Sources of authority

“And coming to his hometown he taught them in their synagogue, so that they were astonished, and said, ‘Where did this man get this wisdom and these mighty works?'” (Matthew 13:54, ESV).

In the current great political divide which has enveloped our nation, it is unfortunately quite common for one side to reject a proposal simply because it was made by their opponents. Its intrinsic worth is rarely considered, but only, “If the other party is for it, we are against it.” Continue reading “Sources of authority”

Remembering home

When you are away from home, do you ever long to be back and start missing particular settings? Perhaps you remember the past and people who are no longer alive. Perhaps it is when you are at worship in a foreign land that memories of worship ‘back home’ come flooding into your mind.

The Israelites in captivity in Babylon seem to have experienced some of this. Although they hadn’t been faithful to God in their homeland they still had fond memories of the temple and the worship that went on there. They longed to be home. Perhaps where they were had an impact on them as well, as the area around Jerusalem is very mountainous and they were exiled to a flat country. Listen as they describe what they were missing. Continue reading “Remembering home”

On seed spreaders and soil testers

A beloved brother pondered, “Are these people good soil? I don’t know.”

The parable of the sower is found in all three synoptic accounts (Matthew 13:3-9; Mark 4:3-9; Luke 8:4-8). A sower spread seed along the path, on rocky ground, among thorns, and on good soil. That which fell upon the trampled path was eaten by birds. That which fell upon the rocky ground (a small layer of soil upon hardpan) had no depth of root and withered away. That which fell among the thorns was choked out. Continue reading “On seed spreaders and soil testers”

Hell is for good people, too

“We can take solace in the fact that he was a good person and went to a better place.” Similar sentiments are often expressed at funerals.

The common religious myth is that good people go to heaven. A myth it is. Goodness, as man defines it, is evil in the eyes of God. Man has no idea whatsoever of goodness. A man called Jesus good and got a rap on the knuckles for it, since the man was using human criteria for his judgment. Continue reading “Hell is for good people, too”

A time to refrain

“For everything there is a season, and a time for every matter under heaven. … A time to embrace and a time to refrain from embracing” (Ecclesiastes 3:1, 5b).

When my wife and I read Ecclesiastes in our daily devotional recently I paused at the end of 3:5 to ask facetiously, “Is this a prophecy of the Covid Pandemic?” For more than a year people have come together less frequently and in smaller groups and have practiced social distancing without handshakes, hugs or other familiar expressions of affection. Those of us who are addicted to hugging have missed that practice greatly. We understood then (and still do) the necessity of keeping safe distances, but we knew that our attempts to preserve our health came at a high price. Continue reading “A time to refrain”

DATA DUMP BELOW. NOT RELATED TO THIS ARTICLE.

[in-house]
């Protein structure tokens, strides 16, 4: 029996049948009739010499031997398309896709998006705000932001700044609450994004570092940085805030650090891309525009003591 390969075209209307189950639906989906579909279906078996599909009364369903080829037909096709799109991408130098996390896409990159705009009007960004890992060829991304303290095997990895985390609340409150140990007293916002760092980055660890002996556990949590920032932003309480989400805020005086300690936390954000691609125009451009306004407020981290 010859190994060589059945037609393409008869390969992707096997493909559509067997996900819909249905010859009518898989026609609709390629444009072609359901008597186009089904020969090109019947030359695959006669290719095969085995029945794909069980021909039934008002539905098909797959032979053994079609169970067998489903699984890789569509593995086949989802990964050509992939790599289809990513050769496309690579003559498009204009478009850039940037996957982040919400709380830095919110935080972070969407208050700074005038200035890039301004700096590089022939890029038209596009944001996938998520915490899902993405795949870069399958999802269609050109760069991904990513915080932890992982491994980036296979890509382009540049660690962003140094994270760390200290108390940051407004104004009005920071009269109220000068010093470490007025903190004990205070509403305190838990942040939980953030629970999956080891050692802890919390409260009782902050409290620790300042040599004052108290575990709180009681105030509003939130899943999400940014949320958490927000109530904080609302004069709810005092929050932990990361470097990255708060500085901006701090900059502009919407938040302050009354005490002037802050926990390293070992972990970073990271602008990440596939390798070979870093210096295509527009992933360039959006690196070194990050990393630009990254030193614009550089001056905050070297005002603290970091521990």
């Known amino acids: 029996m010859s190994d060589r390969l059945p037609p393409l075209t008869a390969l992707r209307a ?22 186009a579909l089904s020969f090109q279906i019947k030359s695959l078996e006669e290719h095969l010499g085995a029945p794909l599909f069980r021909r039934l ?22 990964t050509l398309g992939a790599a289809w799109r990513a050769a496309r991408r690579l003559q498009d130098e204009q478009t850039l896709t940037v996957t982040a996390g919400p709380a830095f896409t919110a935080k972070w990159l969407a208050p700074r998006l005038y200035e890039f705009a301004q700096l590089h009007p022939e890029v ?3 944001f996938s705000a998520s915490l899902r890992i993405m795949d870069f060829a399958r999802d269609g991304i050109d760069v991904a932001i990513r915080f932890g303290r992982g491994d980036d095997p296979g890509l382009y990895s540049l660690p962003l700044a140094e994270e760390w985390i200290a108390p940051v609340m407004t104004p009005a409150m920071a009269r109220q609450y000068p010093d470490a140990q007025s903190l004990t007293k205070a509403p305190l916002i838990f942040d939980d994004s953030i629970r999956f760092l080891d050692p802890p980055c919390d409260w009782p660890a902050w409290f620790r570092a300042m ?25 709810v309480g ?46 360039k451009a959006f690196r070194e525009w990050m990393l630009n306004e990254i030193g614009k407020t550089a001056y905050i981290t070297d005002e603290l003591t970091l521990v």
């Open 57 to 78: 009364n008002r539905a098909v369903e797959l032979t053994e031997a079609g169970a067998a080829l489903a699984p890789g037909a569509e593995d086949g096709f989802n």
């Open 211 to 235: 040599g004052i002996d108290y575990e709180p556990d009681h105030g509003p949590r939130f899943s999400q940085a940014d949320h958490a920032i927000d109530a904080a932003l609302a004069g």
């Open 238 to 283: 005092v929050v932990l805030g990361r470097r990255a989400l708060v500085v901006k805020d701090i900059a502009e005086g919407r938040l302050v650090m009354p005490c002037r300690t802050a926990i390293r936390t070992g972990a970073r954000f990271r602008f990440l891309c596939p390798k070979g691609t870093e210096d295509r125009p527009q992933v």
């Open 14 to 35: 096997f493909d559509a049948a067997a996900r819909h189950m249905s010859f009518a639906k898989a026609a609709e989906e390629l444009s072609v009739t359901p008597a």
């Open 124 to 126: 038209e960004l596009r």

Trial by fire

Have you ever felt pressured to do something or go along with what others are doing, even though you knew it was wrong? After all, everyone is doing it, so why not do it too? If you don’t do it then you will stick out.

This is the situation that three Jewish young men faced as exiles in Babylon. They had been trained for King Nebuchadnezzar’s service. They were respected and doing as well as they could as captives. The problem came when the king had a huge statue made and then ordered everyone to bow down and worship it. He summoned all his government officials to assemble and take part in a ceremony to worship the image he had made. Continue reading “Trial by fire”

The place nobody wants to talk about

Who wants to talk about hell?

Forthright has published over 10,000 articles (10,240 at the time I’m writing this), and precious few of those have been about hell. Only nine articles have been tagged with “hell.” A search reveals a few more that touch upon it, but less than 1/2 of 1% of all articles discuss hell in much depth.

I have always viewed Forthright as a wonderful place for uplifting and challenging articles. Likely you would not be reading — nor would I be writing for — Forthright were the percentages considerably higher. (These articles on eternal punishment are worth reading.) Continue reading “The place nobody wants to talk about”

A matter of the heart

“For no one is a Jew who is merely one outwardly, nor is circumcision outward and physical. But a Jew is one inwardly, and circumcision is a matter of the heart, by the Spirit, not be the letter. His praise is not from man but from God” (Romans 2:28-29, ESV).

No subject was more stressed in the teaching of Jesus than the need for inner conformance to the will and nature of God. From the lessons of the Sermon on the Mount to those of the last week before his death on the cross, the Lord continually emphasized that service to God requires commitment from the inner person as well as obedience to outward, physically oriented commands. His mandate, “You therefore must be perfect, as your heavenly Father is perfect” (Matthew 5:48), is best understood as demanding complete obedience, within and without, to God’s will. Continue reading “A matter of the heart”